The main difficulty in discussing this work from a UK perspective is that most African-American films (i.e. with a direct focus on Black culture) struggle to get a (wide) UK release. UK distributors, when they do take these films, often restrict them to urban areas where they think there is a significant Black audience, but even then, they don’t really seem to know what they are doing. I think Tyler Perry’s work is only available on DVD in the UK. It is this history which makes the success of Girls Trip so important. I watched it in a Cardiff multiplex in an afternoon showing with a mainly white audience of younger women who certainly got more jokes and more references than I did, partly, I imagine because they knew the music stars and contemporary African-American celebrities better than I do. It should still be around in UK cinemas so I’d recommend Girls Trip as an alternative to superheroes (though it does include some fantasy sequences). One other interesting observation is that apart from the UK the only significant overseas market for Girls Trip so far is South Africa (as it has been for earlier films from Perry and Lee). It seems odd that France in particular has not received these titles.
I never thought that I’d see a Francophone film at the Hebden Bridge Picture House with only 13 of us in the auditorium, especially one starring Isabelle Huppert (perhaps everyone came to the only other screening last week). The issue here is that Souvenir is one of those French films more or less ‘dumped’ in cinemas with little promotion by StudioCanal on its way to a swift DVD release (August 14 in the UK). But what a strange film it is! It may be that the distributor hopes to cash in on Huppert’s high-profile success in Elle. On the other hand, this film was shown at the London Film Festival last October, presumably because the directors previous short films have been released on a BFI collection. If I’d seen it as part of the ‘Love’ section of LFF I would have thought it was out of place – but I would have enjoyed it.
La Huppert plays Liliane, a lonely woman working on a specialised production line in a paté factory. One day a young temporary worker, Jean (Kévin Azaïs – the male lead in Les combattants) recognises her as a singer who, under the stage name of ‘Laura’, once appeared in a Eurovision-type song contest forty years ago. Jean is only 22 and it is his father who has always been a fan, but now the younger man is attracted to Liliane. He wants to resurrect her career. Everything that follows is predictable, but also engaging.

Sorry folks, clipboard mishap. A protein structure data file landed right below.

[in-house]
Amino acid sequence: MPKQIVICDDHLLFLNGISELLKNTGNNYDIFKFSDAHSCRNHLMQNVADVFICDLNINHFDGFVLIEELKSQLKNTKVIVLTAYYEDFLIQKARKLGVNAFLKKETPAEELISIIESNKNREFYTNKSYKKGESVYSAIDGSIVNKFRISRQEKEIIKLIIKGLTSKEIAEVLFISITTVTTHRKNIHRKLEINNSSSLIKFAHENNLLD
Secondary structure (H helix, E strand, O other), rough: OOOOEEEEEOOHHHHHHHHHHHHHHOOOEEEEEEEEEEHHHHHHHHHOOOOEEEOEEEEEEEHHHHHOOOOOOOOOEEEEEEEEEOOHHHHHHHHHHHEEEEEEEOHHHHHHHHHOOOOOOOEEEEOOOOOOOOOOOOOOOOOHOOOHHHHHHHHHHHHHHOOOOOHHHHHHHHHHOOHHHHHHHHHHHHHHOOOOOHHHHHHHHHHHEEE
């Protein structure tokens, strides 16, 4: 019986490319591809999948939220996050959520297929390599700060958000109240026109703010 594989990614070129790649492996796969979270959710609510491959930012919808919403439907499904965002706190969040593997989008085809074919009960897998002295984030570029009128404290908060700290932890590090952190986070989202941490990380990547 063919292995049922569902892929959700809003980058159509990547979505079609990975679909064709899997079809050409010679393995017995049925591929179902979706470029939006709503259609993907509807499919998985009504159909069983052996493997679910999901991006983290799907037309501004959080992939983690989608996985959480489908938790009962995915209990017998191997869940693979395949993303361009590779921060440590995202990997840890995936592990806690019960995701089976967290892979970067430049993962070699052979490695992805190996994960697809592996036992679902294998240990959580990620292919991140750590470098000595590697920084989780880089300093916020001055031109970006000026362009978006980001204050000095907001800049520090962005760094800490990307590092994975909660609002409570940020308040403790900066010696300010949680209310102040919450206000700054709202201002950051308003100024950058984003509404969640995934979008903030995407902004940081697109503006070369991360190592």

I wondered if this was meant to be a 1930s musical romance presented in the style of . . . a 1930s musical romance. At times it seems very old-fashioned. Its use of colour and its nostalgic feel is in some ways reminiscent of Populaire (France-Belgium 2012) According to IMDb, Belgian writer-director Bavo Defurne has a background in short films and a single feature, North Sea Texas (2011), about young gay romances. Perhaps Souvenir is one of those examples of a small film that Isabelle Huppert supports for reasons of her own. I doubt any other star actor of her magnitude would take it on – or could take it on. It is almost the kind of role that Barbara Stanwyck might have taken (and I can’t think of higher praise than that).
This is a co-production in which different scenes are shot in different European regions so that local funding is triggered. I thought I recognised a riverside scene as shot in Liège and sure enough both Liège itself and the Wallonie Film Fund appeared in the credits alongside Ostende and Bruxelles. I think this is really a Belgian film and I don’t know if this explains the humour. I laughed out loud several times. The music in the film comes mainly from Pink Martini, a US ‘mini-orchestra’ whose players are well-known in Europe. Pink Martini released a 2016 album including the two main songs from the film and the album’s title is the key phrase from the song that Laura/Liliane sings in her comeback, ‘Je dis oui !’ – the woman who says ‘Yes’ to all the charms of her young man. Jean has trained as a boxer and has the muscles to prove it. My guess is that Bavo Defurne (one of the co-writers of the song) is making a reference to that scene in Gentlemen Prefer Blondes (US 1953) when Jane Russell explores a gymful of muscled Olympic athletes on her transatlantic sea crossing.
I can’t claim to know enough about the history of chanson but for me the music in Souvenir seemed more like the 1960s than 1974 (when ABBA won Eurovision, as quoted in the film). Liliane’s song ‘Joli Garçon’ (Pretty Boy) is actually very catchy and it might indeed do well in Eurovision. Defurne uses it skilfully in ‘Souvenir’ – which in turn is the title of the song that ‘Laura’ is supposed to have sung in 1974.
Anything starring Isabelle Huppert is worth watching and, taken in the right spirit, Souvenir is entertaining. The director has said that he hoped to produce a ‘Sunday TV matinee movie’ and that seems a reasonable description – except that in the UK the subtitles will probably prevent it happening.
HOME Manchester offered this rare screening of an example of ‘Indian Independent Cinema’ complete with a Q&A featuring writer-director Sooni Taraporevala and two of her child actors, her now grown-up son and daughter Jahan and Iyanah. The screening was organised in conjunction with the Whitworth gallery, where a selection of Sooni Taraporevala’s photographs of Bombay streetlife are being exhibited as part of Manchester’s involvement in ‘The New North and South’ project with eleven South Asian and UK arts agencies. The exhibition is showing until January 2018 and is well worth a visit. The screening also acted for HOME as a kind of preview for the season of ‘Beyond Hollywood’ which will take place in September. The season’s curator, Omar Ahmed introduced the guests and chaired the Q&A.